Here's a (draft) list of different terms used in BMC Server Automation (BladeLogic) and a bit about what each of them means. Starting with security terms and some basics.
App Server (Application Server)
The central component of BSA, where jobs run, agent contact is initiated, and where the BSA GUI connects. Also, any server running an instance of the BSA appserver.
A small software component that runs on managed servers, providing connectivity and security mapping for the app server and Network Shell.
Any server managed by BSA, running an RSCD Agent.
Agentless Managed Object
Some components BSA manages without having an installed agent, cf. virtualization management on AIX.
Jobs and Scheduling
Most activities in BSA run as a Job. Jobs are scheduled activities (including those where "Execute Job Now" creates an immediate schedule), using a Depot Object like a software package, patch or NSH Script or a Policy (Compliance, Change Tracking) and one or more Servers. Most Jobs have one or more Job Parts.
JOB_TIMEOUT is a Job property that is used define how long a given Job should be allowed to run. If a given Job runs longer than its JOB_TIMEOUT, it should be canceled.
Jobs that have run against at least one server have at least one part: a unit of work that is targeted at that server and accomplishes some specific task. Some Jobs will have one job part per server (running a script, for example), others may have multiple parts per server (simulate/stage/commit of a deploy job).
JOB_PART_TIMEOUT is a property that is used define how long a given Job Part should be allowed to run. This is usually tripped by a server that's having issues like a hung NFS mount or another system call that's either not responding or taking a very long time (30 min+) to respond.
Something that exists on managed server. It is under the local control of the OS and it is the most familliar form of an object. It can be a directory, a file, Windows or UNIX Service, configuration files. Config Objects are composed of metadata and their actual contents.
A script or command, with machine-parseable output, whose output is read as configuration items. Examples include the "eeprom" command on Solaris, "netstat", and customer scripts.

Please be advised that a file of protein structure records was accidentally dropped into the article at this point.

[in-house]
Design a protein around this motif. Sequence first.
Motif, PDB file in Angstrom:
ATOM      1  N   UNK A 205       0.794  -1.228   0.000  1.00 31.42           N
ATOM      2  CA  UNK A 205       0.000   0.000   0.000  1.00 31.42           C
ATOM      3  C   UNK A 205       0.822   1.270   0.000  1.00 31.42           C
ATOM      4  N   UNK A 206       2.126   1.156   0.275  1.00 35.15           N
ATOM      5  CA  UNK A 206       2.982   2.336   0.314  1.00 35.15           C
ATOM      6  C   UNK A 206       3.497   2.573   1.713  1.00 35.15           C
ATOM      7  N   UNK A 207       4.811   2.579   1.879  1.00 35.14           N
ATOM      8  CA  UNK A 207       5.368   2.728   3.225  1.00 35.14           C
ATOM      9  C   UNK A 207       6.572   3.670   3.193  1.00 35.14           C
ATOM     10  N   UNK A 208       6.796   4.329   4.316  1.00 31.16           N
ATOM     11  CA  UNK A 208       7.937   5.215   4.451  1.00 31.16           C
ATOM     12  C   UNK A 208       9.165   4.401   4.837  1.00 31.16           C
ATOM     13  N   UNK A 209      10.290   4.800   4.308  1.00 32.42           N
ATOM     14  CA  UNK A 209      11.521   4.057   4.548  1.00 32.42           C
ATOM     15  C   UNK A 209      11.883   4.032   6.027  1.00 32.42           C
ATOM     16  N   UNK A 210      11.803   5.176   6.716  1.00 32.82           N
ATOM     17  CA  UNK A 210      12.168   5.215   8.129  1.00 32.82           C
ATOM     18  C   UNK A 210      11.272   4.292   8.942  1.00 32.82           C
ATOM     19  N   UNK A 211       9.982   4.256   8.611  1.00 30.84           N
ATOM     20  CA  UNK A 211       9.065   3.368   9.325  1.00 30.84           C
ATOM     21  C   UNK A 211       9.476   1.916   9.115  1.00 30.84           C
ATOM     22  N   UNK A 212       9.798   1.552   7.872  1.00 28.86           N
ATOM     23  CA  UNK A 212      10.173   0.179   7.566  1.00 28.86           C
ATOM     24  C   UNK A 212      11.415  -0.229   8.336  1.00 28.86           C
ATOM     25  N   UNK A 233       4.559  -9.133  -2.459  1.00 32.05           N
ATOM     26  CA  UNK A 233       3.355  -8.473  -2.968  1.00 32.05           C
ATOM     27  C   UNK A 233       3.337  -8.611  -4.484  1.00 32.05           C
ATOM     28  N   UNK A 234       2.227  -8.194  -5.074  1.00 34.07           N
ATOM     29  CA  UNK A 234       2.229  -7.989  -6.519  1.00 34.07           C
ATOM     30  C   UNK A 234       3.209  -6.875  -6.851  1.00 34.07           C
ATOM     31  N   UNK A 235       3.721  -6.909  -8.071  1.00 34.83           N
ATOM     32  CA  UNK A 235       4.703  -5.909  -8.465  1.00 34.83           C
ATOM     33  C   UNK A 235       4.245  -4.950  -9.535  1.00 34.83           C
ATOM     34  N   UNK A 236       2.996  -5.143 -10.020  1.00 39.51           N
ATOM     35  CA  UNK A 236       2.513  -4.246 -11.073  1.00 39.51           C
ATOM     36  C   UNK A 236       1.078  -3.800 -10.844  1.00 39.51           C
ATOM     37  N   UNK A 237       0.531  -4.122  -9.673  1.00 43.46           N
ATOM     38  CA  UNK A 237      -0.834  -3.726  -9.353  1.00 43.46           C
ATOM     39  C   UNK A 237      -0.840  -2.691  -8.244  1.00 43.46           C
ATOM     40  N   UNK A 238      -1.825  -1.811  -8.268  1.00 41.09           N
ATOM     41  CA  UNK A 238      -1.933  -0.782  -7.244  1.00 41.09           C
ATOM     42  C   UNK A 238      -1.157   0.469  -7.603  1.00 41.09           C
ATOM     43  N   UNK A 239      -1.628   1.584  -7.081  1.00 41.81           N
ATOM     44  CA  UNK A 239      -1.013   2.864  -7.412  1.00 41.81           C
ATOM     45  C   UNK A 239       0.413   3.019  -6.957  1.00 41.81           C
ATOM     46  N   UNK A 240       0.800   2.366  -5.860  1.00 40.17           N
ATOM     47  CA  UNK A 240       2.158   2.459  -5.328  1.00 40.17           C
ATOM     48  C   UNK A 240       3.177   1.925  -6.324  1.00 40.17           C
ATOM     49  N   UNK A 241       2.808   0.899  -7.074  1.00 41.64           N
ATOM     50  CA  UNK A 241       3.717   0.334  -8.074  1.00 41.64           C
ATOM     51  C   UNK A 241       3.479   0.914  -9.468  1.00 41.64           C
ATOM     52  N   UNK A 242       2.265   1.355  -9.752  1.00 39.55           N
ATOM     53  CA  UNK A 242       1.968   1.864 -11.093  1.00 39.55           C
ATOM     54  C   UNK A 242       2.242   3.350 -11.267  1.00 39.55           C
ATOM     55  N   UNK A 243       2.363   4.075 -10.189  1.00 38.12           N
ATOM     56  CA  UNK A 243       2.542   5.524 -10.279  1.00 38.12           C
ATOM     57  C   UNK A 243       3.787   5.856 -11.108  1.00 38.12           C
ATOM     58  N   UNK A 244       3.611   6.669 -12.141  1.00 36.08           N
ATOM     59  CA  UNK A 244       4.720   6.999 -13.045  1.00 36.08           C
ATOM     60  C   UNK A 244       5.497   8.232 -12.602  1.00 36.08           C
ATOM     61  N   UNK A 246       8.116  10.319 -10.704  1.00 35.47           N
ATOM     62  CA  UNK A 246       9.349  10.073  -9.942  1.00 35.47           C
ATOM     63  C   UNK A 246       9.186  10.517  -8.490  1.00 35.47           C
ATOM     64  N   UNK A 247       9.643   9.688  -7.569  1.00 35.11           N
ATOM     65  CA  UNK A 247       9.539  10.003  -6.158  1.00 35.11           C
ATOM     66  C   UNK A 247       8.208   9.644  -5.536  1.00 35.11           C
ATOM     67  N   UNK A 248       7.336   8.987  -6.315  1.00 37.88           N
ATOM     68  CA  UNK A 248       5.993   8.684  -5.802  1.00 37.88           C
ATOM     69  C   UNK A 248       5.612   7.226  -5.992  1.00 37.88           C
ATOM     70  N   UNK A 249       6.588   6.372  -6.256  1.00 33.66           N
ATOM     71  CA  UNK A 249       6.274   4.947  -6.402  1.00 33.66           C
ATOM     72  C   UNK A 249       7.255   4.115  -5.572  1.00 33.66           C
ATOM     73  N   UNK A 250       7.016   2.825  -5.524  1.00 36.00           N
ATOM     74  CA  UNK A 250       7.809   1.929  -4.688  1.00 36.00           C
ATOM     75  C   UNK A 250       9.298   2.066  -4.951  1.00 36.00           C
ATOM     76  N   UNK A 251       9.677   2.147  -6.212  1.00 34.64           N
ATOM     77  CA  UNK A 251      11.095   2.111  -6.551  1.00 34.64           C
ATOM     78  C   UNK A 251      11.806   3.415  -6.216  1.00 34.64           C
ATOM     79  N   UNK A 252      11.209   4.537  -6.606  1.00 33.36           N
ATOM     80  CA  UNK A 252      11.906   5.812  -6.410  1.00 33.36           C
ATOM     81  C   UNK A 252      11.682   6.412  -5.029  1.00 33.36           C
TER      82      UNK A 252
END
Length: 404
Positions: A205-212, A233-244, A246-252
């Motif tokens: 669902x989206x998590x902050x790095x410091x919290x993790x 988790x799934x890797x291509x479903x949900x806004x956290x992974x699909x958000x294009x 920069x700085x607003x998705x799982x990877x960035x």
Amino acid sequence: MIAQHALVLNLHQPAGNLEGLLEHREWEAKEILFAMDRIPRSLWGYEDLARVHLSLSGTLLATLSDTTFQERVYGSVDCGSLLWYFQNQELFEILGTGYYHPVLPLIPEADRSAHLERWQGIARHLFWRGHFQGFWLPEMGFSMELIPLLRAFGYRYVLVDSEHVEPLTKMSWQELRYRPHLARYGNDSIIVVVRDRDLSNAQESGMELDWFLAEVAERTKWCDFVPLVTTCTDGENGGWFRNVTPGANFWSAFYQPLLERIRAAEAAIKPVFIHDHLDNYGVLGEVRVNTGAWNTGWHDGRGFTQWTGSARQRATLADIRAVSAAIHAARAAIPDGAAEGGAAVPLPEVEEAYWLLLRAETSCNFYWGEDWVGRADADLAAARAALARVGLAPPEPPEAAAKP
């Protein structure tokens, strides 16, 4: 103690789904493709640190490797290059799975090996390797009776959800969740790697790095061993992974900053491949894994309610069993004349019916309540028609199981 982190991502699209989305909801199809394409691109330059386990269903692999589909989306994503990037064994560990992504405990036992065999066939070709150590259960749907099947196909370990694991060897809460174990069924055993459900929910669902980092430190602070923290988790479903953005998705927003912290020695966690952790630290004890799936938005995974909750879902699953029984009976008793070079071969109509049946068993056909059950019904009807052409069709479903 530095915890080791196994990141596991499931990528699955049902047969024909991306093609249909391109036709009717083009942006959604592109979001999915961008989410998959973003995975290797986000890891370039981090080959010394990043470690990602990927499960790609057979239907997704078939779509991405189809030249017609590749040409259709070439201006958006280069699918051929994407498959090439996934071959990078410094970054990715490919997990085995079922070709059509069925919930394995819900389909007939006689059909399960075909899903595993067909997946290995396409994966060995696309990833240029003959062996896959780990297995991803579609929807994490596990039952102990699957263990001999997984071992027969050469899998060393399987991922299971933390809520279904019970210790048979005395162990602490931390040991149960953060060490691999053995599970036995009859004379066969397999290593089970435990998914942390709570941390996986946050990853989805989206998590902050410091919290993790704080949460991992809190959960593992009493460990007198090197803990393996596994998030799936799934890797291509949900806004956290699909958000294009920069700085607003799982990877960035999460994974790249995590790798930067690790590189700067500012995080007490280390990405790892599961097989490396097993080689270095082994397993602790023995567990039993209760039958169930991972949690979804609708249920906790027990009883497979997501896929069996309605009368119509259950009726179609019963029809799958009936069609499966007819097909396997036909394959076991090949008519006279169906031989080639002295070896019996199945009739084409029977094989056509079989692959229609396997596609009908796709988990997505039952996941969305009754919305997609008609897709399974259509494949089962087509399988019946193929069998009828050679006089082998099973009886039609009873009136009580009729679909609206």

A snapshot taken of some configurations on a server in a known good state.
One or more configuration items captured at a point in time (such as after a QA cycle, or on a regular schedule)
Comparing the results of a golden image to an existing live server, or a snapshot, to identify configurations that are different.
A set of rules describing how something should be configured. Usually instantiated in BSA as a Component Template, and used by a (rules-based) Compliance Job
Sometimes there are good reasons why something can't be set according to the policy, like a specific application that's not compatible with the general policy in a particular way. An exception lets us log that information (and how long it's allowed to be "out of compliance", and allows us to pass that server, for that policy's rule, when evaluating the server.
A quick report creation tool in BMC Decision Support (for) Server Automation (BDSSA).
An advanced report creation tool in BDSSA.
Security related terms (stolen shamelessly from a BL whitepaper):
certificate authority (CA)
The trusted party issuing digital certificates (especially X.509 public-key certificates) to an
identified end entity and vouching for the binding between the data items in a certificate. A
certificate authority can be managed by an external certification service provider or the CA
can belong to the same organization as the end entities in a PKI. CAs can also issue
certificates to other sub-CAs. This leads to a tree-like certification hierarchy. The highest
trusted CA in the tree is called a root CA.
Digital documents used for secure authentication of communicating parties. A certificate
binds identity information about an entity to the entity's public key for a certain validity
period. A certificate is digitally signed by a trusted third party who has verified that the key